• vlevasseur11 says:

      I don’t think that the main character was sick to begin with. It seems like Gilman was trying to get at the oppression of women by their male counterparts. It could be that the protagonist was a writer, and that the yellow wall paper is what she writes on and is fascinated with. She can only write in secret because of the social barriers that keep her from expressing her creativity. She is condemned to a single room with bars, unable to express herself. Other women she sees might be a reflection of her self as well as womankind as a whole.
      Her defiance of her husband at the end is optimistic and encouraging, although slightly disturbing and shows us that women can win over their opressors and be free to express their intellect.

    • sph12 says:

      I like what you said about the “creeping about”. The whole time I was reading I was struck by that phrase and how she uses it, especially in the last line of the story. In class we discussed whether she had freed herself at the end of if it was a sign of her finally reaching insanity. I believe that she did feel some freedom, but, as you said, there is no where she can go. She is still secluded to the house and possibly even that room because there is no way society will accept her as she is. Additionally, I find that her final line, “…so that I had to creep over him every time” shows that she recognizes she will always be trapped. She has succeeded in freeing her mind, but she knows she is still trapped in a way that she can never be free from. Even after reaching freedom for herself, she has to tiptoe around to maintain her sense of self.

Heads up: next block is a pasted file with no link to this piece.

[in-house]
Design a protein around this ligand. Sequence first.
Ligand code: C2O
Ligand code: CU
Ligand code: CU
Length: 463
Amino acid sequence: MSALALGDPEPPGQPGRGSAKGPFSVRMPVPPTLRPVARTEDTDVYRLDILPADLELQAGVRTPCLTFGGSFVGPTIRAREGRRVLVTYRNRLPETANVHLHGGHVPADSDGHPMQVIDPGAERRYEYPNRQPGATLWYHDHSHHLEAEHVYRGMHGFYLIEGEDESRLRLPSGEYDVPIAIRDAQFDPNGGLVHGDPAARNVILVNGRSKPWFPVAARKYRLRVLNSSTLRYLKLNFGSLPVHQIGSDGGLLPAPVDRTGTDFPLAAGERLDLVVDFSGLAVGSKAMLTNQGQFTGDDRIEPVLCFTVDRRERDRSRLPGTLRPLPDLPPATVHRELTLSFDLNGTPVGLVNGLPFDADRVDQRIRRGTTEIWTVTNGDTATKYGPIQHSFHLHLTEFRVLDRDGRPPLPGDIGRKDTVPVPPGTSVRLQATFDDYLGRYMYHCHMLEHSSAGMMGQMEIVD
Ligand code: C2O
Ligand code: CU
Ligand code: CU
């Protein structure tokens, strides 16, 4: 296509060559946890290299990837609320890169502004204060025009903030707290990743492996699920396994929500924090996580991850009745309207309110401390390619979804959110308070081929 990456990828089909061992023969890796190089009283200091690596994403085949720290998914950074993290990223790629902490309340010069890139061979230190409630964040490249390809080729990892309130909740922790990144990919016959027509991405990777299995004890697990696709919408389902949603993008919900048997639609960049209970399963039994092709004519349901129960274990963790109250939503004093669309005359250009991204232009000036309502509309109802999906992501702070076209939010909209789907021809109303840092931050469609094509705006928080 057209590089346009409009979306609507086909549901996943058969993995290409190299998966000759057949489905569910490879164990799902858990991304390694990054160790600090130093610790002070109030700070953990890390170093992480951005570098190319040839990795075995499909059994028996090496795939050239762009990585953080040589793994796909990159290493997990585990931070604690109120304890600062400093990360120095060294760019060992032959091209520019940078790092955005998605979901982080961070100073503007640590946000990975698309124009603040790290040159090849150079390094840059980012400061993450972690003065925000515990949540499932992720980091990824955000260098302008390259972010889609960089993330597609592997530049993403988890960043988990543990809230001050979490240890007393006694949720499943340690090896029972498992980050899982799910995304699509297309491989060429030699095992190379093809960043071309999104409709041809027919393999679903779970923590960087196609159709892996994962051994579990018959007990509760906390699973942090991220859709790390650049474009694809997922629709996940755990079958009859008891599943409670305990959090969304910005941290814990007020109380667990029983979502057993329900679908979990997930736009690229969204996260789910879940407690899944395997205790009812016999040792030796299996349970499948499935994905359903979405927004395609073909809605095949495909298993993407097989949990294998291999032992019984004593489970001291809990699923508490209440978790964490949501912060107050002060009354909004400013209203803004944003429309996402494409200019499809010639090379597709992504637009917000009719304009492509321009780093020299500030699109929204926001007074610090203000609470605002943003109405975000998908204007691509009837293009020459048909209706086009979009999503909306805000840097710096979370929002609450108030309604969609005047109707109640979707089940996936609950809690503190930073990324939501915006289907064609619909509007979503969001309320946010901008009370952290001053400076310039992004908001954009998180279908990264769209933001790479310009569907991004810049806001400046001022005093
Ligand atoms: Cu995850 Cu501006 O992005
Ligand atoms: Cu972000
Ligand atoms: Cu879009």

2. jnikol12 says:

    At the end, I believe the narrator is indeed freed but she is free from a different world than the one she began with. Her constrained life in normal society caused her to feel depressed and intellectually unsatisfied. This perceived “hysteria” of hers led her to be forcibly confined to complete isolation. She begins to live in a new world that is completely void of all human interaction and intellectual/creative stimulation. Her yellow room becomes her world, the imprisoned woman on the wallpaper the focus of her interest. When she is finally “free”, it is freedom from this new world. She has let a fake woman out of a fake prison, and she towers over a husband who is now also in a different state of consciousness. The narrator has indeed achieved her long-desired freedom, but it cost her he life within a natural human society a well as her sanity.

Leave a Reply

Fill in your details below or click an icon to log in: Logo

You are commenting using your account. Log Out /  Change )

Google+ photo

You are commenting using your Google+ account. Log Out /  Change )

Twitter picture

You are commenting using your Twitter account. Log Out /  Change )

Facebook photo

You are commenting using your Facebook account. Log Out /  Change )


Connecting to %s